This wouldn’t be the first pay freeze imposed on federal workers in recent years. President Obama limited worker pay increases in 2010 and froze federal worker pay in 2011. But those were in times of economic stringency. Trump is imposing the freeze to deal with a budget stringency he created himself. One wonders whether he’s sensitive to the irony that, while he boasts about economic growth, he’s also saying that the only area of the U.S. economy that’s flat on its back is the area under his direct control — federal spending and pay.

A couple of other aspects of Trump’s announcement stand out. One is the disdain for federal workers dripping from every word. He says canceling the COLA “will not materially affect our ability to attract and retain a well‑qualified Federal workforce.” That alone implies that he thinks the workforce already may be overpaid, so zeroing out the COLA won’t hurt.

Trump has shown his opinion of federal workers in other ways, notably the executive orders he signed in May interfering with federal union officials’ ability to deal with contract and grievance issues, making it easier to fire federal workers, and secretly establishing new standards for collective bargaining with federal worker unions. It’s proper to note that all three orders were overturned by a federal judge a week ago.

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Trump’s disdain is probably shared by his base, which attends his rallies to bray anti-government shibboleths and probably loves to caricature federal workers as lazy, overpaid slobs. But of course these workers are people like you and me. They’re teachers, drivers, librarians, builders, pavers, engineers, engaged in jobs that include helping average citizens and making sure that you’re not asphyxiated by air pollution, poisoned by water pollution or ripped off by your bank — when they’re not interfered with by Trump’s minions, that is.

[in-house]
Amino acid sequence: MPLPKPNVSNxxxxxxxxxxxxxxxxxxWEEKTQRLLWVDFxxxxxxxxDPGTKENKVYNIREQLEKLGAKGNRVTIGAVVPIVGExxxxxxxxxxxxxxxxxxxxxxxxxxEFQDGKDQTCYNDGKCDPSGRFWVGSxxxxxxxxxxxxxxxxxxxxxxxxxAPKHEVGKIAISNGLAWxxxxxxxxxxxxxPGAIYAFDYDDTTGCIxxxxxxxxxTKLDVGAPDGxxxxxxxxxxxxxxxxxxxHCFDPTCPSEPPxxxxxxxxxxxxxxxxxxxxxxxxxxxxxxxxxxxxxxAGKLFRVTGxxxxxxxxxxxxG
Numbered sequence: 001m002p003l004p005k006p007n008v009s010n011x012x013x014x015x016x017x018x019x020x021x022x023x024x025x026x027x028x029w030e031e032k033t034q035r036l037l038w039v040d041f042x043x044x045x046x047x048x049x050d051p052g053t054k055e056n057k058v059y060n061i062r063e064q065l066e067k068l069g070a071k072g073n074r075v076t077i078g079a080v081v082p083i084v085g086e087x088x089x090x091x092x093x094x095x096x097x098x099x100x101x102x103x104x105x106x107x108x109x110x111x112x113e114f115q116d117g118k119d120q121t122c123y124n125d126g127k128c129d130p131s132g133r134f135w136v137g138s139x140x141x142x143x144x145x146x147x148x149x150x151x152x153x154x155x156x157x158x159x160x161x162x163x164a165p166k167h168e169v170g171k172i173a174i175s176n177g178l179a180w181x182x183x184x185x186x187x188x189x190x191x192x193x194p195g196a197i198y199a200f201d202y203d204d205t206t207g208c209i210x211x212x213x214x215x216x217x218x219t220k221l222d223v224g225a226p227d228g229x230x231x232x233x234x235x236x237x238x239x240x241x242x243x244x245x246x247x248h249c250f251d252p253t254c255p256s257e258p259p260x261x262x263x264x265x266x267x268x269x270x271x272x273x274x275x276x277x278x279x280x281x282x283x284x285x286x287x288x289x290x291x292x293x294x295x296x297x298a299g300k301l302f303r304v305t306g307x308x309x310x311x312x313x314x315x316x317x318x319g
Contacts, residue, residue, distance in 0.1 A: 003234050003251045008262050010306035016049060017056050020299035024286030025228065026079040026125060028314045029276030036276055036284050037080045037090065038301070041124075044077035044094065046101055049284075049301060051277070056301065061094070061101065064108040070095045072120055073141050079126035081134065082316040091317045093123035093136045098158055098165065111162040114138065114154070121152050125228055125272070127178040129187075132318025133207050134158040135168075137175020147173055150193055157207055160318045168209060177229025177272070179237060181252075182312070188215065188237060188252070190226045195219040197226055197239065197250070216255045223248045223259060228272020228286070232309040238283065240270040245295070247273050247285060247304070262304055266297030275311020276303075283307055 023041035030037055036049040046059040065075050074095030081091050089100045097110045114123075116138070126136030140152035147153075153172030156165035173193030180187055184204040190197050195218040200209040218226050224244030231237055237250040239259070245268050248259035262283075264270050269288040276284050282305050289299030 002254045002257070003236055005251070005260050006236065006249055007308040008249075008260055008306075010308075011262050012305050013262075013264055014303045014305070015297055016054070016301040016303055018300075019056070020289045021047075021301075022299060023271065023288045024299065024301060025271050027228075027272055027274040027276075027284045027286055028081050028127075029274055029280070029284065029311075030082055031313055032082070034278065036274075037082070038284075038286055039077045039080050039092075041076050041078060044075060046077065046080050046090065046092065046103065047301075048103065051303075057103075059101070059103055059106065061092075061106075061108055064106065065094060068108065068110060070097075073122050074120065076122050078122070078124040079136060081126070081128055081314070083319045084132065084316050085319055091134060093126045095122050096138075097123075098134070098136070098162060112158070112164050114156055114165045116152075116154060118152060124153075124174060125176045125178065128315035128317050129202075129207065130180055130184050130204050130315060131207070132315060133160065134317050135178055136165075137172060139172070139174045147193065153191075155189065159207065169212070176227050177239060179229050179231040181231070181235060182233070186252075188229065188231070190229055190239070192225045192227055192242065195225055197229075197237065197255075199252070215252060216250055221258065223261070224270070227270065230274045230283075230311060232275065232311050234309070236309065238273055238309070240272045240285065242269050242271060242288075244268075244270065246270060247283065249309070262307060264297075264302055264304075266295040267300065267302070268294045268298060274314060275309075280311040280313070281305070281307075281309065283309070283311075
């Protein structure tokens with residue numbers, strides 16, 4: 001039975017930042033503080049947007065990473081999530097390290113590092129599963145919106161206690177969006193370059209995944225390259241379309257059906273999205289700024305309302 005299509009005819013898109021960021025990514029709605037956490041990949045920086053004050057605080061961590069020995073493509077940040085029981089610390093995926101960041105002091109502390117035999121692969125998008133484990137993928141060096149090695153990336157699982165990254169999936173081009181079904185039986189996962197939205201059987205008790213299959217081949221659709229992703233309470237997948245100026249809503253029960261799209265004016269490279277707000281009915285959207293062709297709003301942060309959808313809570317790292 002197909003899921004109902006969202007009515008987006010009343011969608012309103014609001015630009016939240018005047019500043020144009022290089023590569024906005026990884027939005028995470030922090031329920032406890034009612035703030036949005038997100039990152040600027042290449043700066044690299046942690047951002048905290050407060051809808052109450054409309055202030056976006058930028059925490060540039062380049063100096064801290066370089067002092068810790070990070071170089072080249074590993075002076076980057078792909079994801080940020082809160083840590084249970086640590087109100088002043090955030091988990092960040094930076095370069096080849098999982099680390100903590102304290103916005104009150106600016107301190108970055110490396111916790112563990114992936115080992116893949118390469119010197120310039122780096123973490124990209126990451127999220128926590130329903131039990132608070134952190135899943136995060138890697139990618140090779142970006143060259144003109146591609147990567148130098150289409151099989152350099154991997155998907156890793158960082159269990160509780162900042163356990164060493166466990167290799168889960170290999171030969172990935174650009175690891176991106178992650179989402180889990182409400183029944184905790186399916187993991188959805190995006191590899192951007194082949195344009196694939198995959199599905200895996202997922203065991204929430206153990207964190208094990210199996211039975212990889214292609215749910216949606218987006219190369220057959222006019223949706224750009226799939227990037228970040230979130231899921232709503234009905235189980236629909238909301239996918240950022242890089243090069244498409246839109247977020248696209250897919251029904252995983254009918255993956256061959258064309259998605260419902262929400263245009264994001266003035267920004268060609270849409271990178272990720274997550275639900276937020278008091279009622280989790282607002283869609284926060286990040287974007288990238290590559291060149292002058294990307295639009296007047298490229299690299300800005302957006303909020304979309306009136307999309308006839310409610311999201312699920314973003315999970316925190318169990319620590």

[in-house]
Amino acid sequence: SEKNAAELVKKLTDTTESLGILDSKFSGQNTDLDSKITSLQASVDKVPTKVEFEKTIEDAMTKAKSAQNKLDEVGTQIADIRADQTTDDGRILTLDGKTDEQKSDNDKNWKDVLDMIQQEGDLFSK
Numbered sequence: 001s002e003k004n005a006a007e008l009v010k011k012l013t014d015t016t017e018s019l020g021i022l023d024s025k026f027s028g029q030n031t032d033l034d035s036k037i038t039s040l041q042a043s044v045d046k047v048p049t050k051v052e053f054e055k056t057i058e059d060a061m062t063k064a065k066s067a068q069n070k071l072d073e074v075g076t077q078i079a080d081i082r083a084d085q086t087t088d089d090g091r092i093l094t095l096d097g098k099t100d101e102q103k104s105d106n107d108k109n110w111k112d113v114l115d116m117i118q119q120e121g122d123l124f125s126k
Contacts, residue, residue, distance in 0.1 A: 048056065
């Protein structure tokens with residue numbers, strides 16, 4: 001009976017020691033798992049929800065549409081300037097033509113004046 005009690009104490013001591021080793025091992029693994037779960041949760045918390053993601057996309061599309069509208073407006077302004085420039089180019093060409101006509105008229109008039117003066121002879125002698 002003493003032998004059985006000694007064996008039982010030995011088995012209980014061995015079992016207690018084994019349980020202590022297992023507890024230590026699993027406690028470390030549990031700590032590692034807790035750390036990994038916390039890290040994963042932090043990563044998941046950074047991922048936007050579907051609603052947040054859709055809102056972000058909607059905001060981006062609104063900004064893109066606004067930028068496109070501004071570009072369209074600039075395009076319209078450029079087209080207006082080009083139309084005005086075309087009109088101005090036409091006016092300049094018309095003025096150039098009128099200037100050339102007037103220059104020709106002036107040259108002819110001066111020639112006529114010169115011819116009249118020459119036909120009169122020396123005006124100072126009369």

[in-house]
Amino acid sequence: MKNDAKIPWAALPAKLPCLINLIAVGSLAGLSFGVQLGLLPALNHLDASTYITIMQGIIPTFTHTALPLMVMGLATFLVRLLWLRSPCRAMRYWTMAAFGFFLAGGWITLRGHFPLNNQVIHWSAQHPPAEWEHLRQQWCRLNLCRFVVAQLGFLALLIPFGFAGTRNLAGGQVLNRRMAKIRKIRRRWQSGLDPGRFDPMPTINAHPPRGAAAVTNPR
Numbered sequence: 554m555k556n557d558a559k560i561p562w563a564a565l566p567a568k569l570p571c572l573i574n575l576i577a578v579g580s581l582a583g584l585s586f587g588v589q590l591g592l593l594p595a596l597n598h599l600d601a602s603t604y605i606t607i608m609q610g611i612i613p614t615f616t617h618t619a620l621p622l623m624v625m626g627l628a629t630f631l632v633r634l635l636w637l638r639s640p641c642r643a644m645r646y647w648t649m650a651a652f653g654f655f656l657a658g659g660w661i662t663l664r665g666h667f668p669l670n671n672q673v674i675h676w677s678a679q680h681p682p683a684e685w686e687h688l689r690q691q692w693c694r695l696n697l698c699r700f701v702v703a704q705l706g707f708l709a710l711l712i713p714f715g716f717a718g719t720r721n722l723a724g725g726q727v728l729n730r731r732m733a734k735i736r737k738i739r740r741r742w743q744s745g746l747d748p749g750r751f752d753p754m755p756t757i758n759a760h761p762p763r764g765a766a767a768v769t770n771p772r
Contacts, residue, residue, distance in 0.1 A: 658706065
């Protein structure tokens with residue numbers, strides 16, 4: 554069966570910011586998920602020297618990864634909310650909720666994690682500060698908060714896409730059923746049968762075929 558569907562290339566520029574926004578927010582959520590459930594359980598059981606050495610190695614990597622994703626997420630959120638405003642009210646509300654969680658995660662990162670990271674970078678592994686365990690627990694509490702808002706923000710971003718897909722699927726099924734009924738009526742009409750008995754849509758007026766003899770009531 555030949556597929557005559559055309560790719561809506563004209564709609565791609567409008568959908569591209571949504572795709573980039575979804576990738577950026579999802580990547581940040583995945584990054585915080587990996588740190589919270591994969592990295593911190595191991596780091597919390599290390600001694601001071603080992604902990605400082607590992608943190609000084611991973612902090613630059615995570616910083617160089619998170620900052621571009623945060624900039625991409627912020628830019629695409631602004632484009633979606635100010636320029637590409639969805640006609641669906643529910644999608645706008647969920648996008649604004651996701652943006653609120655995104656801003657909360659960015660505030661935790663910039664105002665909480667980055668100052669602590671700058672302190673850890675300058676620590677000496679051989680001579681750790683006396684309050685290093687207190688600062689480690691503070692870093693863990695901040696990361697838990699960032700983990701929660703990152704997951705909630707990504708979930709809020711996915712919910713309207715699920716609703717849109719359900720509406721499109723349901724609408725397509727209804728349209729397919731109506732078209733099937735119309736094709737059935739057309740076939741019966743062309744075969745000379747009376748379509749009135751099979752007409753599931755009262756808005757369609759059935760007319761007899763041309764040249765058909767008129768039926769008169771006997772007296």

As is usual with Trump statements, the pay announcement has its murky spots. What’s unclear, for instance, is how Trump understands the government’s “locality pay” rules. In his announcement, he says he’s canceling “locality pay increases averaging 25.70 percent, costing $25 billion.”

The locality pay system is complicated — it’s designed to bring federal wages into line with non-governmental wages in each affected locality. Locality pay each year is set by a government panel, but it’s not increased each year on the scale that Trump seems to indicate — in other words, federal pay wasn’t set to rise by an additional 25.7% next year on top of the 2.1% COLA.

Each year’s locality pay adjustment replaces the one in effect the year before, so the year-by-year increases tend to be closer to perhaps a few percentage points or less. Whether Trump miscalculated, deliberately misstated the increase, or in fact got it right is something that no doubt will become clearer over time, though probably without the assistance of the White House.

Whether Trump can make his pay cut stick is an open question. His announcement came in the form of a letter to House Speaker Paul Ryan, R-Wisc., and Senate President Pro Tempore Orrin Hatch, R-Utah, in which he proposed “an alternative plan for pay adjustments” effective next Jan. 1. Under the law, the 2.1% raise would take effect unless Trump and Congress change it. But Congress is currently considering a plan to replace that raise with a 1.9% increase.

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As for Comstock, farewells may well be in order. Comstock hastened to announce Thursday that she “strongly” opposes eliminating the pay raise. But otherwise she has been a sedulous supporter of Trump, and her seat is in trouble. The Cook Political Report ranks it as leaning Democratic for November. Bye-bye, Barbara?